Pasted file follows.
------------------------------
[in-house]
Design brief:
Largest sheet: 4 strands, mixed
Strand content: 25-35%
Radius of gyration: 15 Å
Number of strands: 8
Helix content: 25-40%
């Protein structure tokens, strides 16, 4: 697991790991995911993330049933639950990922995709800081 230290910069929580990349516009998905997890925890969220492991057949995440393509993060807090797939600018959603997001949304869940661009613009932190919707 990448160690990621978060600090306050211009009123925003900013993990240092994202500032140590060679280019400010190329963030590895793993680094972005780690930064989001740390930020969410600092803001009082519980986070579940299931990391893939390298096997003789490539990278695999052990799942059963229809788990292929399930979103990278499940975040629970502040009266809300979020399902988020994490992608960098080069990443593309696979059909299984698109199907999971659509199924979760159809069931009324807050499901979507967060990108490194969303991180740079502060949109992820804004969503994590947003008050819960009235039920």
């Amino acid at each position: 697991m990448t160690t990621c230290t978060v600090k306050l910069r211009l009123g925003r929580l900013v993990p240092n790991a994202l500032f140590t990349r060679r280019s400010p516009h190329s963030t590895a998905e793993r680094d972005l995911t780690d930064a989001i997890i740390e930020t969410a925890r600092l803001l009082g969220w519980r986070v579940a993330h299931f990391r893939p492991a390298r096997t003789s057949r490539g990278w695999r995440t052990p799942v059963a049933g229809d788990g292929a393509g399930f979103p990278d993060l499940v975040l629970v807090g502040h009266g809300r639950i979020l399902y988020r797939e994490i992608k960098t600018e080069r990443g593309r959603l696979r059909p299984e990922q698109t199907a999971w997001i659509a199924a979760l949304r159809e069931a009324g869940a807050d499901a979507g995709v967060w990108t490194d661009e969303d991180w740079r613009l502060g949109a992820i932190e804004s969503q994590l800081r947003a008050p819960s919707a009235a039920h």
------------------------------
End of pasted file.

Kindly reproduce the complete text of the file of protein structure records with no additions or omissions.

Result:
[in-house]
Design brief:
Largest sheet: 4 strands, mixed
Strand content: 25-35%
Radius of gyration: 15 Å
Number of strands: 8
Helix content: 25-40%
């Protein structure tokens, strides 16, 4: 697991790991995911993330049933639950990922995709800081 230290910069929580990349516009998905997890925890969220492991057949995440393509993060807090797939600018959603997001949304869940661009613009932190919707 990448160690990621978060600090306050211009009123925003900013993990240092994202500032140590060679280019400010190329963030590895793993680094972005780690930064989001740390930020969410600092803001009082519980986070579940299931990391893939390298096997003789490539990278695999052990799942059963229809788990292929399930979103990278499940975040629970502040009266809300979020399902988020994490992608960098080069990443593309696979059909299984698109199907999971659509199924979760159809069931009324807050499901979507967060990108490194969303991180740079502060949109992820804004969503994590947003008050819960009235039920």
């Amino acid at each position: 697991m990448t160690t990621c230290t978060v600090k306050l910069r211009l009123g925003r929580l900013v993990p240092n790991a994202l500032f140590t990349r060679r280019s400010p516009h190329s963030t590895a998905e793993r680094d972005l995911t780690d930064a989001i997890i740390e930020t969410a925890r600092l803001l009082g969220w519980r986070v579940a993330h299931f990391r893939p492991a390298r096997t003789s057949r490539g990278w695999r995440t052990p799942v059963a049933g229809d788990g292929a393509g399930f979103p990278d993060l499940v975040l629970v807090g502040h009266g809300r639950i979020l399902y988020r797939e994490i992608k960098t600018e080069r990443g593309r959603l696979r059909p299984e990922q698109t199907a999971w997001i659509a199924a979760l949304r159809e069931a009324g869940a807050d499901a979507g995709v967060w990108t490194d661009e969303d991180w740079r613009l502060g949109a992820i932190e804004s969503q994590l800081r947003a008050p819960s919707a009235a039920h």